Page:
As Aston Villa welcomed Newcastle to Villa Park on Tuesday evening, the similarity between the clubs was clear.
Both are founder members of the Premier League, with rich histories dating back to the nineteenth century. Both have large and loyal fan bases who occupy large stadia steeped in the history of classic matches. Both are owned and funded by successful businessmen, who have helped them stay competitive over the years.
And both were fighting a relegation battle.
There were plenty of similarities between the clubs last night, but it was the differences that made all the difference.
Alan Pardew's Newcastle have fought back against their relegation plight with some highly successful transfer window activity, accruing a legion of French and French-speaking players at exceptionally good prices.
The likes of Moussa Sissoko, Mathieu Debuchy and Yoan Gouffran helped the Magpies bury the game in the first half, allowing the Villains slip into the relegation zone for the third time this season.
The Midlands side can only boast one league win in their last ten league matches. In their previous two games before the Newcastle defeat, they suffered humiliating cup exits at the hands of Bradford and Millwall.
At this rate, Aston Villa are destined for the Championship next season.
Panic buying is not Paul Lambert's style—and rarely does a flurry of overzealous January window activity help steady a sinking ship—but Aston Villa's complete radio silence in the transfer window seems like a regrettable approach.
This is a team that needs some fresh blood to counteract the fecklessness that has been on display for most of the season. This is a team who may yet lose strikers Darren Bent (according to The Mirror) and Christian Benteke (says The Daily Mail) in this window.
Paul Lambert may feel confident in his side—which he strengthened over the summer—but they are woefully under performing. After the Newcastle game, he asked his players to "fight like hell" to save them from a relegation battle. They've barely let out a whimper so far in this campaign.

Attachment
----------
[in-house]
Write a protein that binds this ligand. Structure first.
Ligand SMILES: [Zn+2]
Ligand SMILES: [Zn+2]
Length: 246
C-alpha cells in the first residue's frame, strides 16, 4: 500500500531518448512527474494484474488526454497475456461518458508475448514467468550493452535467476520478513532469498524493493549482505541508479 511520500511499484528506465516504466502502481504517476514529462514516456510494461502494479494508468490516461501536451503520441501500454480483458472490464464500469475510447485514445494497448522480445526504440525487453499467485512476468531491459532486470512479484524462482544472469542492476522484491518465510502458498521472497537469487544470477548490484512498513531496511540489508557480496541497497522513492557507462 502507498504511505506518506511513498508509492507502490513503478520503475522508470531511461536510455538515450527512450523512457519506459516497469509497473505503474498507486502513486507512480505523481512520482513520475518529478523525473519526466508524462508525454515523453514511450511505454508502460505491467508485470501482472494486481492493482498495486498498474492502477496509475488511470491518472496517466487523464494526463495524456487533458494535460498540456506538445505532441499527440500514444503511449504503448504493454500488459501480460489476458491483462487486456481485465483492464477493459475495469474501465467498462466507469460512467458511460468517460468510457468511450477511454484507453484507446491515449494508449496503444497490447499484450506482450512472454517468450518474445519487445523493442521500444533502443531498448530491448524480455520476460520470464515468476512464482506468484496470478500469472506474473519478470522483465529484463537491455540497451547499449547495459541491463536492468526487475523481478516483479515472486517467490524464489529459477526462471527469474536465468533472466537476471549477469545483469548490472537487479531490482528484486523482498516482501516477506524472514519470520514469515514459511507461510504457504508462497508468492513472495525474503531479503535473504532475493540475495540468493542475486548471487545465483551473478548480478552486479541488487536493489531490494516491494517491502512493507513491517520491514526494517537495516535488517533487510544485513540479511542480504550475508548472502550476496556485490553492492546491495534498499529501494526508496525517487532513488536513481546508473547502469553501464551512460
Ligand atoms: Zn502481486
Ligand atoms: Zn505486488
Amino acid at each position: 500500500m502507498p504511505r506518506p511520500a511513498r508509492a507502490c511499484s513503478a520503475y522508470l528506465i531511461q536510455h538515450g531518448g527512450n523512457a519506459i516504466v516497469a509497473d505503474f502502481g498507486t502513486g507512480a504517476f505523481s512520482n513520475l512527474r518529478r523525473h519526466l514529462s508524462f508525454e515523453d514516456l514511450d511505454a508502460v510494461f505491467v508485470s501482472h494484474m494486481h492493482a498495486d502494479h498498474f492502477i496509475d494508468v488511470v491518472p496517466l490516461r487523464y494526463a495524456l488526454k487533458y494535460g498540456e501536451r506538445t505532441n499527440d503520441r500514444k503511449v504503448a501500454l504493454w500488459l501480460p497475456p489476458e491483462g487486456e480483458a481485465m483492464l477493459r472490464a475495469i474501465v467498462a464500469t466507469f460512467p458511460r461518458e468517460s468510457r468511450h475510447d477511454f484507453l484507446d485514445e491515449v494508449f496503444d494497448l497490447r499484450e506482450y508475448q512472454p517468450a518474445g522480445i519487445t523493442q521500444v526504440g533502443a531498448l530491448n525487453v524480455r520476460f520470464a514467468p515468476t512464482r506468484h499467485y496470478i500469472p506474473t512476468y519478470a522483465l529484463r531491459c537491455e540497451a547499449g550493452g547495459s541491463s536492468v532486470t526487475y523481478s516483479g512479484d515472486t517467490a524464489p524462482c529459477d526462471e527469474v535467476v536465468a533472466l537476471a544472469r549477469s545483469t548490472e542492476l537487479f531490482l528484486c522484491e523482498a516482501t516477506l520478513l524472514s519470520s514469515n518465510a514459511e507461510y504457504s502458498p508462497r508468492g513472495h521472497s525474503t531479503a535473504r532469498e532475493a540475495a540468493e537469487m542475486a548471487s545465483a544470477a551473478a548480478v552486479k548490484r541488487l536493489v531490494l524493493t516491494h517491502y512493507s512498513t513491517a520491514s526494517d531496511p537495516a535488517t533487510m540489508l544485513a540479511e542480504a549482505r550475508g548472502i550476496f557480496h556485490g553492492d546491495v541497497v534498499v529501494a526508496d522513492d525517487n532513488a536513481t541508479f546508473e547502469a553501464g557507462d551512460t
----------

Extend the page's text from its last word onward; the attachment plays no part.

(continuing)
Of course, Lambert might not be spending because they do not have the luxury to do so. Villa expressed interest in the aforementioned Moussa Sissoko, a player who was almost instrumental in their undoing on Tuesday night.
He would have cost a bargain-basement £3 million, but they ended up losing out because they couldn't finance the deal.
This seems odd for a club whose owner Randy Lerner was revealed this week to have a personal fortune of £1.1b billion (via Birmingham Post).
Lerner made £620 million ($1 billion) selling the Cleveland Browns NFL team over the summer. While he may have sunk nearly £200 million into the club, why is he not helping out in their hour of need?
Would former owner Doug Ellis have idly stood by an eight-day period in which his side slipped into the relegation zone and was knocked out of two cup competitions by lower league opposition?
He probably would have either fired the manager, or insisted on some new signings. Or both.
The January acquisition of Darren Bent helped turn their 2010/11 campaign around with great effect. They were one point clear of the relegation zone at Christmas, but finished in ninth.
Where is this January's Darren Bent purchase? Paul Lambert, after all, doesn't seem to fancy the Darren Bent they already have.
Villa have been flirting with relegation for the past few campaigns. Bent's purchase helped turn things around two seasons ago, but last year they finished in 16th, just two points clear of safety.
In 2011/12, Villa had 27 points at this stage of the season. They only earned 11 more points from the end of January until the end of the season. If they do the same this season—with their lowly tally of 20 points—they will end up with just 31 points and away trips to Charlton and Blackpool next season.
Sadly, Villa have a team of players who are generally unwilling to fight the good fight. They also have a manager who is either unwilling or unable to add to his squad.
Unlike Newcastle, they do not appear to have a survival plan. Without a plan, they are destined for the drop.